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Fruit producers shift south to escape freezes

St. Lucie County has displaced longtime leader Polk County as the center of Florida citrus production with the freeze-frightened industry shifting south, state officials say.

Statistics released Friday by the state Agriculture Department show Polk, the title holder for decades, was edged out by St. Lucie.

Ironically, Citrus and Orange counties are now misnomers.

Citrus County has so little fruit left that it is no longer considered a major producer.

Between freezes and urban sprawl, Orange County, with tourist-drawing Orlando at its center, also had dropped out of the picture.

"Citrus production is definitely changing in Florida," said Robert Freie, state citrus statistician. "The figures reflect a move to the south."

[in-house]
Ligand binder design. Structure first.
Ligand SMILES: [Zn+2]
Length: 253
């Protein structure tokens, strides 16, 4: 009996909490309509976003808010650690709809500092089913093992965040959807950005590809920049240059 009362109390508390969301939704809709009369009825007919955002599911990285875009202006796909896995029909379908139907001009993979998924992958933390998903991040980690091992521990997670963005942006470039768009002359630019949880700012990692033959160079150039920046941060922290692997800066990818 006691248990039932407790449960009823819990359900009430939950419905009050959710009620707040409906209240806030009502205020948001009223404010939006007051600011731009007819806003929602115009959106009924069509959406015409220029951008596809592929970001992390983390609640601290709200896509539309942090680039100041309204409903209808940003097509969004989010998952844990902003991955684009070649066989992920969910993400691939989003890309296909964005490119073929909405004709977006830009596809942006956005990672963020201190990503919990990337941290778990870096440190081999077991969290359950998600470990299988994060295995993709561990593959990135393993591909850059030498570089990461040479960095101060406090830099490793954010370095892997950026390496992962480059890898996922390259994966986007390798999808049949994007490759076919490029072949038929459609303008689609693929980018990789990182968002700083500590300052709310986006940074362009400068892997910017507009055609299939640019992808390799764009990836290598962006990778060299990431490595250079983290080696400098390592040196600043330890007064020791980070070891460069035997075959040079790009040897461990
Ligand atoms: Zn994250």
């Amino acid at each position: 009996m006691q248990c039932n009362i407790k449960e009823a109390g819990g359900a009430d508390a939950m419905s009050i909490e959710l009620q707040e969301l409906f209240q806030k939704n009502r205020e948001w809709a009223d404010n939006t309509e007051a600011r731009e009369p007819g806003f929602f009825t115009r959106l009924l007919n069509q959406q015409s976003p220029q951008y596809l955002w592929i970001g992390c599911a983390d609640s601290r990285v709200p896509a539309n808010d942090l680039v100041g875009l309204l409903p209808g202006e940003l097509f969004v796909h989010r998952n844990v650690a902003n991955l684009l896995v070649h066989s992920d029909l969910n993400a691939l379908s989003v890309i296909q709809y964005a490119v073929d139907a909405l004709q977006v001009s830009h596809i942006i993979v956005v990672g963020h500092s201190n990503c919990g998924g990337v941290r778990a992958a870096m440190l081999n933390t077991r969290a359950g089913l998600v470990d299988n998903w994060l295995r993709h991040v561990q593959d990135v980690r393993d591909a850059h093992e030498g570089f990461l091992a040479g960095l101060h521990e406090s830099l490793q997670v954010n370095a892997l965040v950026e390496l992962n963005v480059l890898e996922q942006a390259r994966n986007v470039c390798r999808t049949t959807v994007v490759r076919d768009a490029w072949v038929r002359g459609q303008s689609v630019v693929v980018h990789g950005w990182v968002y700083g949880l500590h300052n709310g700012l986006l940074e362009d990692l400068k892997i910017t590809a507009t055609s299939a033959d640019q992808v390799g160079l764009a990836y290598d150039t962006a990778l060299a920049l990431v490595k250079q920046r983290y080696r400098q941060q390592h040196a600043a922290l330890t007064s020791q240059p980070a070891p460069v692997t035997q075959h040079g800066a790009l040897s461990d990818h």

St. Lucie led citrus production in the 1990-91 season with 26.9-million boxes of fruit, followed by Hendry with 23.5-million and Indian River with 21.8-million. A box is 90 pounds of oranges or 85 pounds of grapefruit.

The new big three _ all south of Cape Canaveral _ accounted for 35 percent of all Florida citrus.

"According to the folklore here, Polk County has been first for as long as anybody can remember," said Mary Hartney, spokeswoman for the Florida Citrus Mutual growers' association in Lakeland. But Polk County lost 13,000 acres of citrus acreage in a single season as production dropped from 25.3-million boxes to 18.5-million.

Growers from Indian River County north were jolted by a 1988 freeze, and the whole peninsula was chilled by a Christmas 1989 freeze, which left many growers on the northern fringe of the Citrus Belt bulldozing their trees.

The shift may best be illustrated by the young trees not yet in production. In five southwest Florida counties _ Charlotte, Collier, Glades, Hendry and Lee _ half of the 15-million new citrus trees are not bearing fruit yet, Freie said.

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